“The Sleeping Beauty”
American Ballet Theatre
Metropolitan Opera House
New York, NY
June 2, 2007

by Leigh Witchel
copyright © 2007 by Leigh Witchel

We might as well start with the good. Gillian Murphy was a strong, capable Aurora. She easily navigated a Rose Adagio conducted at a brisk tempo by Charles Barker; the rest of her performance was on the same able level. Ethan Steifel partnered her with complete security — not a bobble in the fish dives — and is back from his injuries with strength. Stella Abrera danced one of the “traditional” derivations from Lopukhov of the Lilac Fairy variation. It was lovely and a great relief to see. Martine van Hamel, always a strong presence, made a vivid Carabosse. 

If you’re fond of American Ballet Theatre’s new production of “The Sleeping Beauty,” it’s time to stop reading; it all goes downhill from here. I wish I could write in more detail about the dancers, but there isn’t much to say.  They’d be better in an actual version of the ballet. It’s hard to be kind about this “improved” but misguided and painful version where every improvement is actually deterioration. Now, to add to ABT’s bad “Swan Lake” and awful “Nutcracker,” they have a new, bad “Beauty” with the exact same mistakes and problems as those earlier productions. This fact is the most maddening of all.

Once again, the production looks motivated by a desperate attempt to insert men into the 19th century classics. We’ve got knights dancing with Carabosse and tossing her in the air and gaggles of guys doing double sauts de basques in the entr’acte. None of these additions makes any sense, instead, as with the Prince’s vision before the actual vision scene, they undercut the original story.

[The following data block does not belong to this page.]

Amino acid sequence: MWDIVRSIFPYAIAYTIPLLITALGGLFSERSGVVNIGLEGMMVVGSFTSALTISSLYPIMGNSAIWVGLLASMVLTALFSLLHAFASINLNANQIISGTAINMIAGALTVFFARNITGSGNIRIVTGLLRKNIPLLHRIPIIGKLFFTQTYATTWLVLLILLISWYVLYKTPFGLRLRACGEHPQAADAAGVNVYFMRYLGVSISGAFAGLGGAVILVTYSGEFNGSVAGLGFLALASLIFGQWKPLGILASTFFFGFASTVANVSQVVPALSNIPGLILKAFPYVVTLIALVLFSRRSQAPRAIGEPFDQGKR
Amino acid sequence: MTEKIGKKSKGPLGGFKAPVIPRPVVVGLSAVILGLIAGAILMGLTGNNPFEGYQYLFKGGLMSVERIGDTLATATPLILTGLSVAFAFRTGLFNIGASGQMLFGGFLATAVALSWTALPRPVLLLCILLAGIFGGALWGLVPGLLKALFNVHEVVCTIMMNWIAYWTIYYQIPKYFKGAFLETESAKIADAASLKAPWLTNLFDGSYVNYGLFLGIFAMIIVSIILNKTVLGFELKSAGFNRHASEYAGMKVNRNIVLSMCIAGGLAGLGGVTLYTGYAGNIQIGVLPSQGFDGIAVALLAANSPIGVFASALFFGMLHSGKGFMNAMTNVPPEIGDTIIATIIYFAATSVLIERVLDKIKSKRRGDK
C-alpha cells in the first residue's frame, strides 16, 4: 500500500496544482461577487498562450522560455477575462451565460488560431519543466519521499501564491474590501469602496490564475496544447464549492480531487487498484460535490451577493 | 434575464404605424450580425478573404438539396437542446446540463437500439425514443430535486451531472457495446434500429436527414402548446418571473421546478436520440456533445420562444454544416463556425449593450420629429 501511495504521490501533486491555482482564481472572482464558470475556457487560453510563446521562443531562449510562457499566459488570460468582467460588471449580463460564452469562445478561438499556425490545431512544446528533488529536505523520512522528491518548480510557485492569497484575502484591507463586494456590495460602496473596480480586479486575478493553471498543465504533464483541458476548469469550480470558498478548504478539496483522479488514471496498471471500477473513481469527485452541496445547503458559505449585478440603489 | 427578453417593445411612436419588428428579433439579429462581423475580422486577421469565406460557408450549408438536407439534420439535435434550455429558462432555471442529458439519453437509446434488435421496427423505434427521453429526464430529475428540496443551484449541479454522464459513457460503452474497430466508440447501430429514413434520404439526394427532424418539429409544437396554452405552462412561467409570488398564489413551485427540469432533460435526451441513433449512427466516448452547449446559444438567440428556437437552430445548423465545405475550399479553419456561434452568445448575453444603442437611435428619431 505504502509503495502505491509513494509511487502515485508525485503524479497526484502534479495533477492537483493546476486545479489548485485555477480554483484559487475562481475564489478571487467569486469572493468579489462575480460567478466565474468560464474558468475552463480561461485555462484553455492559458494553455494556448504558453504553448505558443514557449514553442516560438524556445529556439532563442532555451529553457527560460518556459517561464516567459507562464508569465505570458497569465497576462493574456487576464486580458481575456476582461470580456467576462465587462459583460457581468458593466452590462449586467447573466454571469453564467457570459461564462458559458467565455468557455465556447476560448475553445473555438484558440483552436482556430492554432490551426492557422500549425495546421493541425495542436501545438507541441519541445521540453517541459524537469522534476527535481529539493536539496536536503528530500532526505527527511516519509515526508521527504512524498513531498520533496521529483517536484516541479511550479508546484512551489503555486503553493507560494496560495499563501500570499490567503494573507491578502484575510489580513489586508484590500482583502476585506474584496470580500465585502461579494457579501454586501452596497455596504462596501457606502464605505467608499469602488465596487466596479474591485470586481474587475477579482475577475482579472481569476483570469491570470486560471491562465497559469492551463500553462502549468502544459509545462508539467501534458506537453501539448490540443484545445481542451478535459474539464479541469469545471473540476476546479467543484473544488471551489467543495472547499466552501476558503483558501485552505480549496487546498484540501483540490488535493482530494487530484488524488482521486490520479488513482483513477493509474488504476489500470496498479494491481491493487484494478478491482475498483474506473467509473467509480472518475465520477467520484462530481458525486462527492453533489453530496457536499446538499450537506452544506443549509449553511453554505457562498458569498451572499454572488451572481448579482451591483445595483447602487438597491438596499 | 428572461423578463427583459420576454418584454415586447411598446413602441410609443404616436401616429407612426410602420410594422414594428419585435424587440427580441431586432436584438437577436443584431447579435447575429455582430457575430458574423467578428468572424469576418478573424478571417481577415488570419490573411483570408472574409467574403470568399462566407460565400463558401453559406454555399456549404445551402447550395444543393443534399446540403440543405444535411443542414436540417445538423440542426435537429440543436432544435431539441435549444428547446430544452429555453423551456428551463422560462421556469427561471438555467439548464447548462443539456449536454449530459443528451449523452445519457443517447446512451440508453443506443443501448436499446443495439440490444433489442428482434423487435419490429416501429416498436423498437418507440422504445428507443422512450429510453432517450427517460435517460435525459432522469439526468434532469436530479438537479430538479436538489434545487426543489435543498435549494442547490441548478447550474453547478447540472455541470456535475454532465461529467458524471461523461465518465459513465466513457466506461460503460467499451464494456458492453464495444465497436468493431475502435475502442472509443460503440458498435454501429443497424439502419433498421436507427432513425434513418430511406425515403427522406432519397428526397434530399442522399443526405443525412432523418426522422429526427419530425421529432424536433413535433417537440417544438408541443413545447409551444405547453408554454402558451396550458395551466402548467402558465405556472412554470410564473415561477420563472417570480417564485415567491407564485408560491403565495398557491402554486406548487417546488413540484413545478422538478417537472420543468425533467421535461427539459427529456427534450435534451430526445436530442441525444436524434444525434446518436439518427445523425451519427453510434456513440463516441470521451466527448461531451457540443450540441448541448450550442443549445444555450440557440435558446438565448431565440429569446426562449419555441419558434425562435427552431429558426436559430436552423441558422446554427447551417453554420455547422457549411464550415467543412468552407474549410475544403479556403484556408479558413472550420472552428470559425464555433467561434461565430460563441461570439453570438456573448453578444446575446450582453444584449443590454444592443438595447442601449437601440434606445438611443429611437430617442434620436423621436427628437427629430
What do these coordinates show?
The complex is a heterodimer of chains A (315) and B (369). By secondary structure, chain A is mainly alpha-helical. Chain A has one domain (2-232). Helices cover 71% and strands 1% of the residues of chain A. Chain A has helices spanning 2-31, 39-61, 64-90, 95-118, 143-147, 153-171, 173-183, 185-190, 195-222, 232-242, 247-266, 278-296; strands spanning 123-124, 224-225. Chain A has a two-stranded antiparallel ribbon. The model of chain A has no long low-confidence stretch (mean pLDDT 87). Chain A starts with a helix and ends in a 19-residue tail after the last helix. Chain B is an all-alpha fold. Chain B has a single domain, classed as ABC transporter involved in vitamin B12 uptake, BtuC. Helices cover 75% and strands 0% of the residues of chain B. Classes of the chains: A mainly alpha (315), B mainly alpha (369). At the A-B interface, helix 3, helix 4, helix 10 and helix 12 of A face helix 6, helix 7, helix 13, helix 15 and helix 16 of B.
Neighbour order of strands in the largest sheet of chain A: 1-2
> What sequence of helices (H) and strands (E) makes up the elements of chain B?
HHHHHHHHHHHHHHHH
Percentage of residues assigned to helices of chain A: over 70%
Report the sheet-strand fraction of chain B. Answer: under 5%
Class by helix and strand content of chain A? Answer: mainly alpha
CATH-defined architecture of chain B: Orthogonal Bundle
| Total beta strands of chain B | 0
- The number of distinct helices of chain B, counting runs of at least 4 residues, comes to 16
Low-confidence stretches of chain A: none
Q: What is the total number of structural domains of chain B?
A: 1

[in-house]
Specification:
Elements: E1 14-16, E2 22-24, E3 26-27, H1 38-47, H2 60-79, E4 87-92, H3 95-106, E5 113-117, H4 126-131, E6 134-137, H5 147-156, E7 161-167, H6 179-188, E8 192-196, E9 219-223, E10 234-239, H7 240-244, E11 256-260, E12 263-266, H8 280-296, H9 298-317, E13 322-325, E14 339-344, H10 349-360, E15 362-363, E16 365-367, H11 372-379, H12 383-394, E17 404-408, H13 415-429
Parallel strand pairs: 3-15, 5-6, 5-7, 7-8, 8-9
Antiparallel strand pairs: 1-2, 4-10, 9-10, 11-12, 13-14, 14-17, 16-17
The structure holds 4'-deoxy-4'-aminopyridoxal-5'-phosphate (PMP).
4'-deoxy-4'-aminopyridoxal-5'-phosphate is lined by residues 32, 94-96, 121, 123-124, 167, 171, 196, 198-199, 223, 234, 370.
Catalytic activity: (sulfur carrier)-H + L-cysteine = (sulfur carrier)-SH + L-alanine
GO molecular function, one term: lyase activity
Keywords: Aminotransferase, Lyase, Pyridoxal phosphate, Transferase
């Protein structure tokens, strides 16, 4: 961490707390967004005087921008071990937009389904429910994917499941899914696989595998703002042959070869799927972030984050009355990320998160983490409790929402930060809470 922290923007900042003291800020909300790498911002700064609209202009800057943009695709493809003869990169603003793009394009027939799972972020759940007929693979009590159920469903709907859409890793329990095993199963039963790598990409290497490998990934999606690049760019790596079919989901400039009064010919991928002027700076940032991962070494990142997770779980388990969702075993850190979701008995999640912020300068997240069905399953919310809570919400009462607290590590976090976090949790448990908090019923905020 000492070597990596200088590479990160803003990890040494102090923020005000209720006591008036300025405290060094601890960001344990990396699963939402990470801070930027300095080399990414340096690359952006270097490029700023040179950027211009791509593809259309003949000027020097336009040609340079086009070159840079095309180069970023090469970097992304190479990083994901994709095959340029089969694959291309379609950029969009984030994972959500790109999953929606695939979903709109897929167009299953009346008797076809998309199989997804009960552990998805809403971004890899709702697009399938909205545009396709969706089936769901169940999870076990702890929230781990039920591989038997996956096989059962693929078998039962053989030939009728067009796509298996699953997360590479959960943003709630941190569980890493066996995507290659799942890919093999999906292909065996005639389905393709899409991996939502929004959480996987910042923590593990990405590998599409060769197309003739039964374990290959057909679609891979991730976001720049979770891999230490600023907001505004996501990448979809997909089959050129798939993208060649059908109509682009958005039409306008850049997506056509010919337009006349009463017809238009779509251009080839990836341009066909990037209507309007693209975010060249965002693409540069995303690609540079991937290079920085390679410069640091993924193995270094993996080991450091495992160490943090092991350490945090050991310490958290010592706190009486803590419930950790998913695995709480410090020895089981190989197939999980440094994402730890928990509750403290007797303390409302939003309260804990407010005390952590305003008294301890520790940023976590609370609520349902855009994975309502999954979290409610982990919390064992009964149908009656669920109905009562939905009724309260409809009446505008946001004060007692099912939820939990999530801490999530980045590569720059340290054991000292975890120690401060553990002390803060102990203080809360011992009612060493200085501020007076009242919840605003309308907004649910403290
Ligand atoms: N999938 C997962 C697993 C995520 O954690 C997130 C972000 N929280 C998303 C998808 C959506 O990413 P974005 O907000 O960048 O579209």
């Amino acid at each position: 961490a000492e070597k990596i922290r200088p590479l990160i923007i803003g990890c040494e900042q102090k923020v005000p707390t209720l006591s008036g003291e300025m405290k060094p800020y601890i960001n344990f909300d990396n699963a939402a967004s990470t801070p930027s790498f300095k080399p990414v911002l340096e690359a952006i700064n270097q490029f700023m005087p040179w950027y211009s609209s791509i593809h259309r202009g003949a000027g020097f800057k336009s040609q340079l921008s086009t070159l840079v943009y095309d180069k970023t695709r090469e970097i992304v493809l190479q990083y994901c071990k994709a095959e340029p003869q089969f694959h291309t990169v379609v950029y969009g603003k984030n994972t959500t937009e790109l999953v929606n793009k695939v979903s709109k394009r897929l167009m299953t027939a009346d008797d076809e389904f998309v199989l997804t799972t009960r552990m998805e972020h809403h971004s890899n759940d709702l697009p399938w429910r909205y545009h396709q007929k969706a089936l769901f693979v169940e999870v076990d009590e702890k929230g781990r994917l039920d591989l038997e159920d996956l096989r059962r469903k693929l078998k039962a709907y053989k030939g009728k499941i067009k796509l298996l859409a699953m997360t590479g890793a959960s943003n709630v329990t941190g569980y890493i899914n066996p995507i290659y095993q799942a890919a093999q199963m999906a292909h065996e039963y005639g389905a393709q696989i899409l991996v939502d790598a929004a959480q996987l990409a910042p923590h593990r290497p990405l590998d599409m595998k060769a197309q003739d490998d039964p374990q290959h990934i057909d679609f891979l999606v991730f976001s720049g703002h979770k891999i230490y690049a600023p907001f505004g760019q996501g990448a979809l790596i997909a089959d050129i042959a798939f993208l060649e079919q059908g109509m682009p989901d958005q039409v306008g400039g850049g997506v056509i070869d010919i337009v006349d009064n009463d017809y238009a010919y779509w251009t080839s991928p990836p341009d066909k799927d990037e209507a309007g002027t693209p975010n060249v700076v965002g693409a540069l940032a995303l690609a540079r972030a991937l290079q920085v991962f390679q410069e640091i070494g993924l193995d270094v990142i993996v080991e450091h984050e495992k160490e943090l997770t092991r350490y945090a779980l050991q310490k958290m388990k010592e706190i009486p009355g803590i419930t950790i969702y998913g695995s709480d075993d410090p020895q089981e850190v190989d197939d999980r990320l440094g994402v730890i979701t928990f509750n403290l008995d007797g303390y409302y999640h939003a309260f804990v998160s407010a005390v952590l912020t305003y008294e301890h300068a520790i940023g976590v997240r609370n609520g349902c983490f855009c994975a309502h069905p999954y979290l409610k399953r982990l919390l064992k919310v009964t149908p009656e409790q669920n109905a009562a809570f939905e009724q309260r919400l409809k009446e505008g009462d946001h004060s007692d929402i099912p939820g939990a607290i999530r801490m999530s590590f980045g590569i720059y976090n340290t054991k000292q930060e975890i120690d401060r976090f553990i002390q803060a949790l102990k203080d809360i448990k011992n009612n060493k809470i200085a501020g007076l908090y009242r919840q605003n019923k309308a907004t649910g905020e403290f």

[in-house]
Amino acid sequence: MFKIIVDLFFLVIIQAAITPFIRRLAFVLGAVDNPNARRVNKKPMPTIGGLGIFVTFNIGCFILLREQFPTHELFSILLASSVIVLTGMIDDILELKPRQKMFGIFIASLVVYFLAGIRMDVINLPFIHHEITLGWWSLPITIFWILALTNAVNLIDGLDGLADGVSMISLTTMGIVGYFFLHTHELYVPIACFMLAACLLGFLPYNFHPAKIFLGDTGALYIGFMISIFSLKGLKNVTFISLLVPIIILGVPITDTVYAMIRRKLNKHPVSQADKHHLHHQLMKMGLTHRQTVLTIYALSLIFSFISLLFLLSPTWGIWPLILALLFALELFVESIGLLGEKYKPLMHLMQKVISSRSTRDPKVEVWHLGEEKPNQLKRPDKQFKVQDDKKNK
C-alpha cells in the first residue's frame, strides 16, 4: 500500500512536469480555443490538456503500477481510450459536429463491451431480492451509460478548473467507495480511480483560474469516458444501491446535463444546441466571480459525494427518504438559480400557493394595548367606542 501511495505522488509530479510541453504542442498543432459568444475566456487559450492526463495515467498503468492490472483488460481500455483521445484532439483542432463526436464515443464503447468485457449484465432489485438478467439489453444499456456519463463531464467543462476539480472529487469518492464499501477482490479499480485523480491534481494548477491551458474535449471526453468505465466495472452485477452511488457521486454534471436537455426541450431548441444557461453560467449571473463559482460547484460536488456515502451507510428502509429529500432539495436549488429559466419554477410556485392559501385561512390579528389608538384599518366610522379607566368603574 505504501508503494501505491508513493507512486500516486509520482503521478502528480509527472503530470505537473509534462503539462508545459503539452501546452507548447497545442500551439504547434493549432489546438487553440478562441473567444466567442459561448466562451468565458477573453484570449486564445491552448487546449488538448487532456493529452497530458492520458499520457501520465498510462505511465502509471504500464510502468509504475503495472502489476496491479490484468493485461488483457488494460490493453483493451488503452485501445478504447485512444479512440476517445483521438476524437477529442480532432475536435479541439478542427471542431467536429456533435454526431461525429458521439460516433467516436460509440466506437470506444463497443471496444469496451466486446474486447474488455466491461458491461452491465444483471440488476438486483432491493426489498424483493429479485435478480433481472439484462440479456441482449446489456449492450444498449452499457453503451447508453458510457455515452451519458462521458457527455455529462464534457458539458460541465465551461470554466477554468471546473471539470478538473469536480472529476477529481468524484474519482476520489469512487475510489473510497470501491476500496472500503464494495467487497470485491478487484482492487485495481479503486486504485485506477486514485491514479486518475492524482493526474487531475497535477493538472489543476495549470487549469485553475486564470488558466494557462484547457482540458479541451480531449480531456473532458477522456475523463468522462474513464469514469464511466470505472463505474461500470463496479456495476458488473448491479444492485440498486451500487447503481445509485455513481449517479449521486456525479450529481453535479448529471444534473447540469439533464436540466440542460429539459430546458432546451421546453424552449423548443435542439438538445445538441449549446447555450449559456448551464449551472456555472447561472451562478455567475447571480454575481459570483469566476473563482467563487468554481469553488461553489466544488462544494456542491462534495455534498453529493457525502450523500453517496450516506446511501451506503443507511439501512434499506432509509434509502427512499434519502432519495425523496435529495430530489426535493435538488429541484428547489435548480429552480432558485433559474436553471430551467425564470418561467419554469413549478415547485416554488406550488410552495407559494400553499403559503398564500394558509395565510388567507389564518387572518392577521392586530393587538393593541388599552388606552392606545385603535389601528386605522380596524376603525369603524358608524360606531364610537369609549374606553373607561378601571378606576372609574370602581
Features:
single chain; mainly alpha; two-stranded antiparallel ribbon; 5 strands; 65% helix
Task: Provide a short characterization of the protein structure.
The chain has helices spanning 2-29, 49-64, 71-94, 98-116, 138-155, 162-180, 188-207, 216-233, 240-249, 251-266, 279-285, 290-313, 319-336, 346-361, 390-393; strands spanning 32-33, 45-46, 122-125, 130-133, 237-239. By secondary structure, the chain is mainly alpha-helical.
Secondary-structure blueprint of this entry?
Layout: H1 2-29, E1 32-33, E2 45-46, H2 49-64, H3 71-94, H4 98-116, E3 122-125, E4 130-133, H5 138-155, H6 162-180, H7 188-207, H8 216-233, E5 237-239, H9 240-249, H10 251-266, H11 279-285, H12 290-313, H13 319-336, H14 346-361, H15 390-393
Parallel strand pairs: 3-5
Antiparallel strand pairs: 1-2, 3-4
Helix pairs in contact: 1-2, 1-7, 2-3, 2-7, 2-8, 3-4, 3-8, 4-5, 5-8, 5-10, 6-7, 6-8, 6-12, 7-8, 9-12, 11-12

Once again, the additional choreography is below the level of what it augments or replaces. The production credits additional staging to Kevin McKenzie, Gelsey Kirkland and Michael Chernov but is not specific about who did what. The only person who escapes blame, though not abuse, is poor Marius Petipa. Whoever is responsible for the choreography, it certainly has the same problems as in McKenzie’s “Nutcracker” or “Swan Lake.”  McKenzie is a classical choreographer who seemingly has no ability to make dances for a corps de ballet. The dances are so obsessed with steps that all they have are steps, preferably big jumps for the men or people frantically streaking from side to side in grands jetés. Corps work isn’t just steps; it’s shape, design and geometry. For a lesson in the same McKenzie and team could go and look at the Ashton and Balanchine ballets the company danced immediately before this. I’m not even asking for metaphor; I’d settle for geometry here.

Once again, the production substitutes a sophisticated sense of the magical with a Disneyfied sensibility misconceives fairytales as kiddie ballets. We didn’t get Rainbow Brite unicorns this time (small favors, but thank you), but the costumes and sets by Willa Kim and Tony Walton are garish with overdone slashes of intense primary colors and metallics that look straight out a cartoonist’s workshop. From the Kountry Kottage Kastle in the opening scrim we know we’re in for a saccharine evening.

I have seven pages of apoplectic scribbles that I could cite examples from, but I trust you to get the point.  ABT styles itself our national classical company, but its productions of the classics are fourth-rate and show no signs of improvement. The finest production that’s credited to the current artistic team is their good version of “Giselle.”  It’s the one that’s been changed the least from earlier sources. When are they going to learn?

Photo: Herman Cornejo as Puck. Photo by Fabrizio Ferri.

Volume 5, No. 22
June 4, 2007

copyright ©2007 by Leigh Witchel

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